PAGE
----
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Boost your brain power at any age

We explain how what we eat can make us smarter, sharper and more alert, from the womb to old age.

The brain is the size of a small cauliflower, but it's the greediest part of the body. Despite only accounting for about 2.5% of our body weight, it guzzles its way through 20% of the kilojoules we consume. There are some important foods that – eaten throughout our lives – give the brain a boost and provide it with top-quality fuel to build brain cells, keep us going and stave off decline.

The brain needs two types of food to satisfy its large appetite. Firstly the fuel needed to function on a day-to-day basis, which tops up its energy supply, just like petrol in a car. And like a car, it also requires compo- nents to put it together in the first place, as well as ongoing servicing. Whether as fuel or car mechanic, food influences our brain power continuously from before we are born.

Being so hungry for food, there is never a time our brain is not affected by what we eat. Here are our tips for lifelong brain power.

What the brain needs

To develop the 100 billion brain cells a baby will be born with, it needs a good supply of folate, omega-3s, iodine, iron and zinc.

What to eat

  • Bread, breakfast cereals, green vegetables and oranges or fruit juice are needed even before you are pregnant. They are all rich or fortified in folate. The Ministry of Health also recommends taking a daily folic acid tablet of 800µg (0.8mg) until the twelfth week of pregnancy, and ideally for at least four weeks before you become pregnant. Some women require a higher dose, so discuss this with your doctor or midwife.
  • Oily fish, such as sardines, tuna, salmon, mackerel and kahawai, are the best sources of the long-chain omega-3 fats (EPA, DHA and DPA), while canola, flaxseed and walnut oils, and walnuts themselves, provide ALA, another type of these special fats.
  • Check if any salt you are using is iodised. If it's a sea salt, it probably isn't. Try using an iodised table salt for cooking pasta and vegetables, leaving sea salts for 'finishing' dishes. Other sources of iodine are fish, dairy products and eggs, and bakers will be required to use iodised salt by September 2009.
  • Red meat is the most easily-used source of iron. If you don't eat meat or fish, include plenty of pulses, such as baked beans, as well as fortified breads and breakfast cereals. To help you use the iron in these foods, drink fruit juice with your meals and not iron-inhibiting tea. Most of these foods also give you plenty of zinc.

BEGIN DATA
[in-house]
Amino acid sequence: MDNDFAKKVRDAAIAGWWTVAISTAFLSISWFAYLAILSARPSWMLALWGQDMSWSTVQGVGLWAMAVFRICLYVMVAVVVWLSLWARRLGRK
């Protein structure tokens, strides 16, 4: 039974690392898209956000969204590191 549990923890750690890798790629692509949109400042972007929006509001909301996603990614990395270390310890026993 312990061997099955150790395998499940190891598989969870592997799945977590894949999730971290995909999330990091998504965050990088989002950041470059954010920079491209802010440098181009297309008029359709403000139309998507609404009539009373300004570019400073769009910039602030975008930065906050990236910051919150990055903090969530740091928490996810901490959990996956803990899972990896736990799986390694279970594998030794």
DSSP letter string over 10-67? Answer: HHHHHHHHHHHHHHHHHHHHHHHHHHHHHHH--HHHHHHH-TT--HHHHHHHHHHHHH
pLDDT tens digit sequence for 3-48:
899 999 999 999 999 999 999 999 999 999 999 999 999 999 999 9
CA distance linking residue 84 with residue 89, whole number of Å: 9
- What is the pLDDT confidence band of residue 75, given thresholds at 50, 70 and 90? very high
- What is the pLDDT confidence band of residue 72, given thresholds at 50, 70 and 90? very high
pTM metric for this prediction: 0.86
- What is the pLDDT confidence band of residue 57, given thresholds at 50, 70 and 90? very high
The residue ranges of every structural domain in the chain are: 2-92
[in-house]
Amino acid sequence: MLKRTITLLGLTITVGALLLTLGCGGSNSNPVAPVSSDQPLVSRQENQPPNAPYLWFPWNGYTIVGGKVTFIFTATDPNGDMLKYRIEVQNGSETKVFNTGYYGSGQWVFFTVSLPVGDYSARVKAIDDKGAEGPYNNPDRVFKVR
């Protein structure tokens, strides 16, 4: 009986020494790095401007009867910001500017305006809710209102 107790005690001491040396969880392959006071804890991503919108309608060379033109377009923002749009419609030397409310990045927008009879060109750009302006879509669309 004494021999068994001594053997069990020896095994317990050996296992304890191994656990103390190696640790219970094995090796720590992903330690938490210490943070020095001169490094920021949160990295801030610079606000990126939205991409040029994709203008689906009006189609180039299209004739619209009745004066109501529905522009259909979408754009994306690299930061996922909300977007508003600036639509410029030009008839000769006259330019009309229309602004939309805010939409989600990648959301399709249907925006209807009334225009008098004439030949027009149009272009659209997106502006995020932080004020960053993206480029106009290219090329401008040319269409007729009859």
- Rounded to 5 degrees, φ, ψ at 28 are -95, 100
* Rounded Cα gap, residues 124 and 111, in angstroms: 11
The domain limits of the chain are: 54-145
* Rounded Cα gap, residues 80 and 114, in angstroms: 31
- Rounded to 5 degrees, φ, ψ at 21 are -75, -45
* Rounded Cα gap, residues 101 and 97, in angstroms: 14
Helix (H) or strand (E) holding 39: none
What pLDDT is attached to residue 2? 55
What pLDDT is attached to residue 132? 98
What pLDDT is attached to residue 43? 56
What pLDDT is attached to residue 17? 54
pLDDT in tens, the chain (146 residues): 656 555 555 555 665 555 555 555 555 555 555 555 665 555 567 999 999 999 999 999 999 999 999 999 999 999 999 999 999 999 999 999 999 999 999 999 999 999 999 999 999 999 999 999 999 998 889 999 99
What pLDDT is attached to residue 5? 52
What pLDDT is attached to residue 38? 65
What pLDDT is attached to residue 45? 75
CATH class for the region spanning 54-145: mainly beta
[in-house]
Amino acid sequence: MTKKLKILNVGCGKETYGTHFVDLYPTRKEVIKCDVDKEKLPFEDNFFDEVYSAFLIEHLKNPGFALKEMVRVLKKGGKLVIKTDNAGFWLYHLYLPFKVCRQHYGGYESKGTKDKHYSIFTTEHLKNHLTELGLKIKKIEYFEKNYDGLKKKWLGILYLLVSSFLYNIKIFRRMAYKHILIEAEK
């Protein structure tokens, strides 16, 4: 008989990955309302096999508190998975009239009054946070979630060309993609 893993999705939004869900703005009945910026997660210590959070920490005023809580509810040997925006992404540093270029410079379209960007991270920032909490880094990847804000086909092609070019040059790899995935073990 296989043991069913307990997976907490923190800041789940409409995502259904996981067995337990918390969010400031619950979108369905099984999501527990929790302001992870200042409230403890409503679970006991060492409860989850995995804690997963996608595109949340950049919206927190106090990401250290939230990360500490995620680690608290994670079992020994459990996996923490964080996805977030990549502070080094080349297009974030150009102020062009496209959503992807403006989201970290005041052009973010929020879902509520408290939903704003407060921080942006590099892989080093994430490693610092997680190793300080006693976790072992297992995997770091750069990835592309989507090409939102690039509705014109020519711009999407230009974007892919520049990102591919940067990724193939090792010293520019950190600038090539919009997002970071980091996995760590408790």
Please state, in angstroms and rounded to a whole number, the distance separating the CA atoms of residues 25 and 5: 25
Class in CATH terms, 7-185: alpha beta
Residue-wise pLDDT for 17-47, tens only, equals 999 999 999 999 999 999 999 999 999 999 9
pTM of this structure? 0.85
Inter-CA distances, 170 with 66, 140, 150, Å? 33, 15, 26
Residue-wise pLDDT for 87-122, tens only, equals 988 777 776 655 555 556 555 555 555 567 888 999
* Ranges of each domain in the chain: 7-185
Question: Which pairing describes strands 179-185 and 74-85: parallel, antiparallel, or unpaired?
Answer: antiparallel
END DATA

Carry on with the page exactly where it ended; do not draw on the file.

Be careful

Meat is good, but don't go mad on liver. It's a great source of iron, but it contains too much vitamin A for your baby's brain. Too much vitamin A can damage your growing baby's development. A well-cooked liver casserole or small piece of liver with bacon once a week is fine. And go carefully with fish oil supplements; they also contain far too much vitamin A. Talk to your doctor or midwife before taking any supplements while you are pregnant.

Plus

Smoking or drinking excessive alcohol is harmful to a baby's brain development. It's really important to stop smoking and drinking alcohol while pregnant.

What the brain needs

Babies enter the world with around 100 billion brain cells, but the brain is still only about 15% developed at this stage. As the saying goes, 'the lights are on but no-one's home'. The cells are there but they are not connected to one another. By a baby's third birthday, the brain will be almost fully developed, so in the first three years of life, signals must start passing from one cell (or neuron) to another, like a relay team passing the baton quickly and efficiently. Newborn babies must start connecting all those brain cells to ensure a bright future. To do that, babies and toddlers need omega-3s, iron and zinc.

What to eat

  • Breastfeeding is the best nourishment for young babies, containing all the goodness they need at a time they are growing rapidly, including omega-3 fats, particularly one called DHA.
  • Iron-rich foods are as important, if not more so, for babies as for pregnant mothers. Babies are born with enough iron for about six months. After that they need food sources of iron. Puréed meats can be introduced when your baby is 6-7 months. Infant cereals, vegetables, beans and lentils also provide some iron, plus fish, which can be offered from around eight months. Most of these foods also provide zinc.
  • Including these foods throughout the first three years and beyond is essential to keep brain cells firing to their full potential. Fussiness and the transition from breast or formula milk to cows' milk, which is low in iron, makes the toddler years a vulnerable time for growing children.

Plus

Brain food for little ones comes from more than what they are eating. All they experience before they are three years old influences their ability to learn and how they behave in the future. They need a secure and loving home with plenty of stimulation. Talk, read, sing and play with your baby, and let them know they are loved.

What the brain needs

At this age the brain is processing lots of new information every day. The brain needs protein, carbohydrate, omega-3s and a range of vitamins and minerals.

What to eat

  • Breakfast, however big or small, gives the brain fuel with which to work. Toast, breakfast cereal, eggs, fruit or yoghurt are all good ways to start the school day.
  • Any protein foods, like meat, fish, nuts, cheese or
    milk, keep you alert. They stimulate the production of the 'feel good' hormone, dopamine, helping you enjoy the subjects you usually like least.